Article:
Clarence King, Geologist
May 2004 by Edgar B. Heylmun, PhDClarence King was born in Rhode Island in 1842, the son of a businessman. His father died when he was 6, so he was raised by his mother. She wanted to have Clarence attend the very best schools, and even moved in order to have him in the best district. She gave him a magnifying glass on his 7th birthday, and this led to his discovery of fossil ferns in neighborhood rocks.
On about the fifth time across one of these slopes, and down near the little wash...bam! I found a nice chunk of rock, laced through with gold. Wow! How had I missed this?
…there are loads of different copper minerals, but a large number of them form first in the ground as chalcopyrite and then through the effects of weathering are changed into other minerals like malachite, cuprite and chrysocolla.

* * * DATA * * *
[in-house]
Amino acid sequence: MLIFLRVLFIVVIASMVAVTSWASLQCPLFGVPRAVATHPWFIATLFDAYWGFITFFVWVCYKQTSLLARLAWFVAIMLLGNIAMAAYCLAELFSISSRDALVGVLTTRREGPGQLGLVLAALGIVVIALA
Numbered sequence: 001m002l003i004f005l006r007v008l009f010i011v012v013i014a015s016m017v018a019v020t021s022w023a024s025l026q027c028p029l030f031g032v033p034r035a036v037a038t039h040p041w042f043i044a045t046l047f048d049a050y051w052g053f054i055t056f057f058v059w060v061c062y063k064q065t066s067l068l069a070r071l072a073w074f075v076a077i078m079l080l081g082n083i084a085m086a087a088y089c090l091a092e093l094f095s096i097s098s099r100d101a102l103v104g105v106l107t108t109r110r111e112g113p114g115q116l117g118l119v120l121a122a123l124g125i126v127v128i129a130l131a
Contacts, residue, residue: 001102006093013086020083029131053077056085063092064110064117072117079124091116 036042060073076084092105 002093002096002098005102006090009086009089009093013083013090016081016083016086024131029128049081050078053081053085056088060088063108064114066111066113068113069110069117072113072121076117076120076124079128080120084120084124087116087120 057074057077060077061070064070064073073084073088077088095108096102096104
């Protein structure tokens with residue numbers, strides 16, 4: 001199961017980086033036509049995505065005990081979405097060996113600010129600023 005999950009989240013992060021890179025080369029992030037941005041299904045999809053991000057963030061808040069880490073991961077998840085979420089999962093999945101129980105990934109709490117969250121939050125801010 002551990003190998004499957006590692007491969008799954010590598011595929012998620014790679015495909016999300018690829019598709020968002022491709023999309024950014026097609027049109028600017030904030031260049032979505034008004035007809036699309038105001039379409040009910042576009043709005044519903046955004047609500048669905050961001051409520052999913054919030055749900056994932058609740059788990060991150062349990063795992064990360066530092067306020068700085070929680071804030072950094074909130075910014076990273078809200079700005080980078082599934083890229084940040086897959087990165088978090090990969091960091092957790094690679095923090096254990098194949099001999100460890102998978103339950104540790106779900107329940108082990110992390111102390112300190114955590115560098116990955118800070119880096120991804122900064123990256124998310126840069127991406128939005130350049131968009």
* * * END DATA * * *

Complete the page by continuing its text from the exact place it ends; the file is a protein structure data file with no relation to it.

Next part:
With successively lower temperatures as the water mixture cools, new sets of minerals are formed and many of those stable at a higher degree of heat became subject to alteration as the temperature progressively moved lower.
Excerpts for CMJ published 50 years ago this month.
On a recent afternoon, Rick Richins fished a large piece of quartzite ore studded with glittering particles from the floor of a dark, dripping tunnel at the Kensington gold mine.
The Bawl Mill • Economic Analysis on Critical Habitat for Bull Trout • Prospecting for Copper • US Mining Industry Outlook Brighter • Gold in the Chinle Formation • Gold Dredgers Rescue Threatened Fish • Gold Mine Plans Upheld in Lawsuit • DOI Computers Back Online • Picks & Pans: Nuggets by the Dozen in Alaska • Historical Mining Methods • The Elusive Mother Lode • Mining Stock Quotes and Mineral & Metal Prices • Melman on Gold & Silver